Can Trump’s Successor Save the Liberal International Order?

Can Trump’s Successor Save the Liberal International Order?
President Donald Trump walks toward Marine One on the South Lawn of the White House, Washington, Feb. 7, 2020 (AP photo by Patrick Semansky).

A robust economy, the turmoil of the Iowa caucuses and President Donald Trump’s strong poll numbers in the wake of his acquittal in his impeachment trial have lengthened the odds than any Democratic rival will beat him at the ballot box in November. Yet should one of them pull off this audacious feat, the new president will face another colossal challenge: reviving the liberal international order that Trump has done so much to disparage and dismantle. How will he or she do that? Start by reconsolidating the West, giving globalization a human face and bolstering support for democracy and human rights around the world.

The liberal international order was no mirage, and it did not arise by accident. It was the product of U.S. power and American purpose. During World War II, Presidents Franklin D. Roosevelt and Harry Truman laid the foundations for an open, multilateral system under international law, which aimed to allow all peace-loving nations to pursue cooperative security, engage in commerce on equal terms and advance the cause of human freedom. Successive U.S. administrations believed that it was in America’s enlightened self-interest to promote an open, rule-bound order governed by international institutions. Thanks to their efforts, the seven decades after 1945 saw hundreds of multilateral organizations and treaties emerge to govern everything from trade in services to the allocation of slots for satellites in orbit. It is a legacy America can be justly proud of, even if the world was sometimes less liberal, orderly and international than advertised.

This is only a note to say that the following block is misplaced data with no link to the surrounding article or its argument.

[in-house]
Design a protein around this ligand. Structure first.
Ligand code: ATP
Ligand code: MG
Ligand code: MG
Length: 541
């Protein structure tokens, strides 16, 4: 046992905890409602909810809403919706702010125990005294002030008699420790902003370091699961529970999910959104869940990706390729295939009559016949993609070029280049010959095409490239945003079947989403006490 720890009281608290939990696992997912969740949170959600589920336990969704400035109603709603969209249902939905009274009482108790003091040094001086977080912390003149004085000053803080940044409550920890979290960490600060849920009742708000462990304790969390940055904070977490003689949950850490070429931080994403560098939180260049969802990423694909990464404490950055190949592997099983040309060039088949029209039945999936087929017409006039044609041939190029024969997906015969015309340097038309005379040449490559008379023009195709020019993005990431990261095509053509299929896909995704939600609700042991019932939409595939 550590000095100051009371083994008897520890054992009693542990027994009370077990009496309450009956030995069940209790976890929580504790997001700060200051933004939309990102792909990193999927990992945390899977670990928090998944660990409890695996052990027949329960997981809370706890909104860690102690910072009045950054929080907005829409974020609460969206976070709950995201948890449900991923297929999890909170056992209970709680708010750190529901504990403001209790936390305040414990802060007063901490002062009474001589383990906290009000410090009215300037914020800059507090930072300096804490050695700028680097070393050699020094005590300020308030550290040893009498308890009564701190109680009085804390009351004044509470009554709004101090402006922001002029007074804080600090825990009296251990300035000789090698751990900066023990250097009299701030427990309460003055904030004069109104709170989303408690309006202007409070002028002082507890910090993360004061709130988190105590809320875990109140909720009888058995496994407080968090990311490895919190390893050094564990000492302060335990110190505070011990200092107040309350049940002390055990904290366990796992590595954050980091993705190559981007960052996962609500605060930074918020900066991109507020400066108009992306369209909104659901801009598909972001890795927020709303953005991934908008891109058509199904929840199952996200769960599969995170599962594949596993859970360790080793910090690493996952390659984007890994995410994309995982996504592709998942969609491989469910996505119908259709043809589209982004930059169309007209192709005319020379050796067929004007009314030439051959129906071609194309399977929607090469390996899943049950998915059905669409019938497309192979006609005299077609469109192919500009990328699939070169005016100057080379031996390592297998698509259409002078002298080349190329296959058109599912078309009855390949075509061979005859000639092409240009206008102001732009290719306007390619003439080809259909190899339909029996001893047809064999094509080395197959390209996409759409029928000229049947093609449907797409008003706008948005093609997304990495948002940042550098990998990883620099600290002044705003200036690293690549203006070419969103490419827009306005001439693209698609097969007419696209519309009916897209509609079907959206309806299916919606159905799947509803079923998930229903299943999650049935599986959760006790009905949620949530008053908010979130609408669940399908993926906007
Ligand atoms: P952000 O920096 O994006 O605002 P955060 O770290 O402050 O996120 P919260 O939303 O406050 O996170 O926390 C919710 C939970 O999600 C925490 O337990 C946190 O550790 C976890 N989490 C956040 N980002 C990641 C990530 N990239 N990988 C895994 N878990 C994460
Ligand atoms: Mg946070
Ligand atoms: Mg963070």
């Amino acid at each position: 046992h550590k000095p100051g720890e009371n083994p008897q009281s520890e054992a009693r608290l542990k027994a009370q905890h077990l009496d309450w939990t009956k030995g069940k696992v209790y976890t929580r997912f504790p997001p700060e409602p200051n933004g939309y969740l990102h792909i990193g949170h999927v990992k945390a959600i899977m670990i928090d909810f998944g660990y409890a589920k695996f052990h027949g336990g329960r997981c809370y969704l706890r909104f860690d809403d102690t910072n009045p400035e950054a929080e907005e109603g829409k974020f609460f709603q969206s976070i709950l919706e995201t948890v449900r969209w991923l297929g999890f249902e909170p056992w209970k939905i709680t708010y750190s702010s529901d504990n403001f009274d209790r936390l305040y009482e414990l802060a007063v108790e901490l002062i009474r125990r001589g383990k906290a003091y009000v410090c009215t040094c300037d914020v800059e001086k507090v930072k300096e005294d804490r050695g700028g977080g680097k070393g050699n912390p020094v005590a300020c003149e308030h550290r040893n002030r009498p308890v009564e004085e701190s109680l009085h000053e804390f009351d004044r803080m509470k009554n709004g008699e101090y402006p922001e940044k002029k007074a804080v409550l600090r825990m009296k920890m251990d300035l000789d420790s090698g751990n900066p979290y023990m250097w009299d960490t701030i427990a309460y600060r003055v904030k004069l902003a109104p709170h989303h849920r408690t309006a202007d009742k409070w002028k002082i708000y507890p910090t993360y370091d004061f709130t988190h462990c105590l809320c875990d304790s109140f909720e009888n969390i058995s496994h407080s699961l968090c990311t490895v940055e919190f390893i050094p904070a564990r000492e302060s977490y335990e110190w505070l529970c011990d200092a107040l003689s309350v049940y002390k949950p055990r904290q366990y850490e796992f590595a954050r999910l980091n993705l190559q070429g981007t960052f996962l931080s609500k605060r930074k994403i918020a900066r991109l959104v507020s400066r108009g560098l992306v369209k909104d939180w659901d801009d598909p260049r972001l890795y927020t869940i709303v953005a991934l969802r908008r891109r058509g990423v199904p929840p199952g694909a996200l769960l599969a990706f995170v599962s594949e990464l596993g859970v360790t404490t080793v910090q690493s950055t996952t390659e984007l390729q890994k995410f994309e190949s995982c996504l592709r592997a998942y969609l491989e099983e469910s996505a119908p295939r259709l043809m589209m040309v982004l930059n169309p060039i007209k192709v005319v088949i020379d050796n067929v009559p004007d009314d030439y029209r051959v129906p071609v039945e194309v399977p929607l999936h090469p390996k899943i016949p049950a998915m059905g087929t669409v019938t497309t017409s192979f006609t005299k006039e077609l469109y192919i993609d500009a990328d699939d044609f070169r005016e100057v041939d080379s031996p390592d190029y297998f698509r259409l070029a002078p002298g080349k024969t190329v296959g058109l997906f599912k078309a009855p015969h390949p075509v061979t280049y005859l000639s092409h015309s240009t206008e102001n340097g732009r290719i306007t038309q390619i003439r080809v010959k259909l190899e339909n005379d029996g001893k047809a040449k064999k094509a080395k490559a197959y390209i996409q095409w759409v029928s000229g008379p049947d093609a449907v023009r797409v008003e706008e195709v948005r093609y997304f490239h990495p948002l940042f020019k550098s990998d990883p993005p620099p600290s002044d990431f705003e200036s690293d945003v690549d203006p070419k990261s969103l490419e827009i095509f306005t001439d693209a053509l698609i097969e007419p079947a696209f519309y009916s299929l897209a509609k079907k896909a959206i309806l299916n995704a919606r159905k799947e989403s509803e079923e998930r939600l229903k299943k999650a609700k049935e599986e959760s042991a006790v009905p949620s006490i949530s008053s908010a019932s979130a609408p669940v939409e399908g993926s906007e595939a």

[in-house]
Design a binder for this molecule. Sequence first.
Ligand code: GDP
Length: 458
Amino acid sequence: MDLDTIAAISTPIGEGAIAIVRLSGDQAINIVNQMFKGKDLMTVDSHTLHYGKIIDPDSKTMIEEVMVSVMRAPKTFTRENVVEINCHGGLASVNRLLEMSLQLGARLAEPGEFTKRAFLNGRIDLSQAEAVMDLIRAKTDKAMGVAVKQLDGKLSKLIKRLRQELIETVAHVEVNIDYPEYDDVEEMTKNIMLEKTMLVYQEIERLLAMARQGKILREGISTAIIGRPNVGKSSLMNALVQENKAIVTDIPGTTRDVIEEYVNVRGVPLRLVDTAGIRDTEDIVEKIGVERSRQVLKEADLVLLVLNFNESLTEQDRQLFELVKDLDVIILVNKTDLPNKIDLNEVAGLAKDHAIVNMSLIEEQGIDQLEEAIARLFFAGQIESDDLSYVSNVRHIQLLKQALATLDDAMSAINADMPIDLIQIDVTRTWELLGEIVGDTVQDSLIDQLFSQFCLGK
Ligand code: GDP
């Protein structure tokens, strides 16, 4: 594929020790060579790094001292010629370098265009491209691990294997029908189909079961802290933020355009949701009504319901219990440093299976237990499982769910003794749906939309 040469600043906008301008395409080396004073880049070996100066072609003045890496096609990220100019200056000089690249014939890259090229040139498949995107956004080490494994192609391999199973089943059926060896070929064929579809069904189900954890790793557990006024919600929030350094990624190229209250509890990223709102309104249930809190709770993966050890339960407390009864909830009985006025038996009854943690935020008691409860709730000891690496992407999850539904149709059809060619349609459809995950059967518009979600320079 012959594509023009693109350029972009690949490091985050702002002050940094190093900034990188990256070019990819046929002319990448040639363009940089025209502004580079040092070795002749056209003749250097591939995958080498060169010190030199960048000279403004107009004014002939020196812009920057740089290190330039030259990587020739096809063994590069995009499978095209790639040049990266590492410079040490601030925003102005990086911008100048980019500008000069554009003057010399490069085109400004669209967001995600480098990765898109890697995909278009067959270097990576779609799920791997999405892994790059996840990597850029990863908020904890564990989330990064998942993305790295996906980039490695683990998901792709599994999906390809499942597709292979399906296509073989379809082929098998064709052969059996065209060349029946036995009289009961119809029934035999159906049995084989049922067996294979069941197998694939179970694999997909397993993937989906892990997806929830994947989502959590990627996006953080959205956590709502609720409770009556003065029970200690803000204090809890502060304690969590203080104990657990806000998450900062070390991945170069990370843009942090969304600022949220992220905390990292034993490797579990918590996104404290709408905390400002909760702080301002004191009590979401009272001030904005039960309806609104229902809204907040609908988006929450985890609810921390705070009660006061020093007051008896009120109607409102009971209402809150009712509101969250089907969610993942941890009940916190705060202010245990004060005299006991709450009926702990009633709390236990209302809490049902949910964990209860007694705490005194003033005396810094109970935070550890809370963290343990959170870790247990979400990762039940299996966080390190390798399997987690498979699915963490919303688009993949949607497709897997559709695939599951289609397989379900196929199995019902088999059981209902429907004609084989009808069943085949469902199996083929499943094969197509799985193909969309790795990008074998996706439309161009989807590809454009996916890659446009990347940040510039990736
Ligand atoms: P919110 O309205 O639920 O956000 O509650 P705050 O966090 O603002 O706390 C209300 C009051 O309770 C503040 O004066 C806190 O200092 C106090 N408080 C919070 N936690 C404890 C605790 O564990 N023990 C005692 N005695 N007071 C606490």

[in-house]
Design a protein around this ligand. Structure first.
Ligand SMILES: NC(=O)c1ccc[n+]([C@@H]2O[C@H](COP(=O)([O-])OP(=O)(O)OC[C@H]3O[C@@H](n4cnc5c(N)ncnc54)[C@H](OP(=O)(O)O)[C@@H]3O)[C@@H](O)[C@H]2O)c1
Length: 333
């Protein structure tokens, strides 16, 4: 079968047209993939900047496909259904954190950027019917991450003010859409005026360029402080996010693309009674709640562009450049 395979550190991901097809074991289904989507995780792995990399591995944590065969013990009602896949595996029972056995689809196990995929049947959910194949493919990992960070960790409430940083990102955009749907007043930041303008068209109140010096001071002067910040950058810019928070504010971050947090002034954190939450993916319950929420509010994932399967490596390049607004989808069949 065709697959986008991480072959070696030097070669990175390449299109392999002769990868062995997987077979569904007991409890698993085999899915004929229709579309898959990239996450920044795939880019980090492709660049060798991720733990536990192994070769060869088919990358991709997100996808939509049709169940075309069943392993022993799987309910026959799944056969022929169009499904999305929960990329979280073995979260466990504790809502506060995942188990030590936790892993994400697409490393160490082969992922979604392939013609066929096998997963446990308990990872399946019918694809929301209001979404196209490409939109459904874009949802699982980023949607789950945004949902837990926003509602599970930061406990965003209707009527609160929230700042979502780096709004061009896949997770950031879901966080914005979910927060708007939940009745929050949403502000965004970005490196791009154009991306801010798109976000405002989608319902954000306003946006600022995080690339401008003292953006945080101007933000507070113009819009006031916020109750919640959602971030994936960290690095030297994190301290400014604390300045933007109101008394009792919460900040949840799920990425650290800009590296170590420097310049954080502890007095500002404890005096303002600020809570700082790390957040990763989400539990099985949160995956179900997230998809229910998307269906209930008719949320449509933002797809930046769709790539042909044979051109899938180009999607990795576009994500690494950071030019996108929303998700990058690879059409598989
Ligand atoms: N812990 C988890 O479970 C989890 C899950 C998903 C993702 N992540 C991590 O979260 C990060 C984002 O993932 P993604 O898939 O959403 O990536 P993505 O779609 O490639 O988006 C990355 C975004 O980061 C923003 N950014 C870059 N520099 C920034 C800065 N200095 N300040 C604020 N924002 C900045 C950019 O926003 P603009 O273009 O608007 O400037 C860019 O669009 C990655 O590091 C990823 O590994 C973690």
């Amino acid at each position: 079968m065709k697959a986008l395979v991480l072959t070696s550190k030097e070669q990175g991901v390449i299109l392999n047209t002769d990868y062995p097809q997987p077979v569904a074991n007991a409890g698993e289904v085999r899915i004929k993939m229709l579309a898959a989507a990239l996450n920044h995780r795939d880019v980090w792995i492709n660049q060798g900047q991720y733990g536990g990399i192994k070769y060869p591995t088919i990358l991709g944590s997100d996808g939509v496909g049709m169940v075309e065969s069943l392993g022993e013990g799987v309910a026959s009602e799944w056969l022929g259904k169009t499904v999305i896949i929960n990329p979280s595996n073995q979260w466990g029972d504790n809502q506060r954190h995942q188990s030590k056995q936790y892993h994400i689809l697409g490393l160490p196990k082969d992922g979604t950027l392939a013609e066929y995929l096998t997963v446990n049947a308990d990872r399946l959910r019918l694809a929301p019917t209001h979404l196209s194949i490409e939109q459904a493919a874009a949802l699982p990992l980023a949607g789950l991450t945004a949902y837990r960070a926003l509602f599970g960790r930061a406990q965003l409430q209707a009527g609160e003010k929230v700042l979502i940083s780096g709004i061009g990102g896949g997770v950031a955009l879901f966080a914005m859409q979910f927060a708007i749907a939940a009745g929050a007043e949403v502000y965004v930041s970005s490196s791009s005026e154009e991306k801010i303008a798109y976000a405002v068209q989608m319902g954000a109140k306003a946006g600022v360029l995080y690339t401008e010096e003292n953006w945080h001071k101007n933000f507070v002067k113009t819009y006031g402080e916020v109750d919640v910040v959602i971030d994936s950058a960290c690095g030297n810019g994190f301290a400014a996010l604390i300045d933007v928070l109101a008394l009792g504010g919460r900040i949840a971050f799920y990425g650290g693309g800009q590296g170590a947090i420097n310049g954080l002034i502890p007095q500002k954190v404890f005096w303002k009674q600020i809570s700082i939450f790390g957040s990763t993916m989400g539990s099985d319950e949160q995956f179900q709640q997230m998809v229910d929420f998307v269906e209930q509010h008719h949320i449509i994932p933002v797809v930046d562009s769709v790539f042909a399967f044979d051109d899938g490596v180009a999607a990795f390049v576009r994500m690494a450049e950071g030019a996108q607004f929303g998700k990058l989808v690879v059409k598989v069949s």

That order is now in grave crisis. Trump has abandoned any aspiration to global leadership in favor of a nationalist, transactional and hyper-sovereigntist mindset. He belittles multilateral treaties, organizations and alliances as threats to U.S. interests, regards global commerce as a zero-sum game best handled bilaterally and disdains democracy while fawning over dictators. His “America First” sloganeering is a throwback to interwar isolationists who believed the republic could remain an island of security, prosperity and freedom even as the world collapsed around it—illusions that evaporated at Pearl Harbor on Dec. 7, 1941.

Keep reading for free!

Get instant access to the rest of this article by submitting your email address below. You'll also get access to three articles of your choice each month and our free newsletter:

Or, Subscribe now to get full access.

Already a subscriber? Log in here .

What you’ll get with an All-Access subscription to World Politics Review:

A WPR subscription is like no other resource — it’s like having a personal curator and expert analyst of global affairs news. Subscribe now, and you’ll get:

  • Immediate and instant access to the full searchable library of tens of thousands of articles.
  • Daily articles with original analysis, written by leading topic experts, delivered to you every weekday.
  • Regular in-depth articles with deep dives into important issues and countries.
  • The Daily Review email, with our take on the day’s most important news, the latest WPR analysis, what’s on our radar, and more.
  • The Weekly Review email, with quick summaries of the week’s most important coverage, and what’s to come.
  • Completely ad-free reading.

And all of this is available to you when you subscribe today.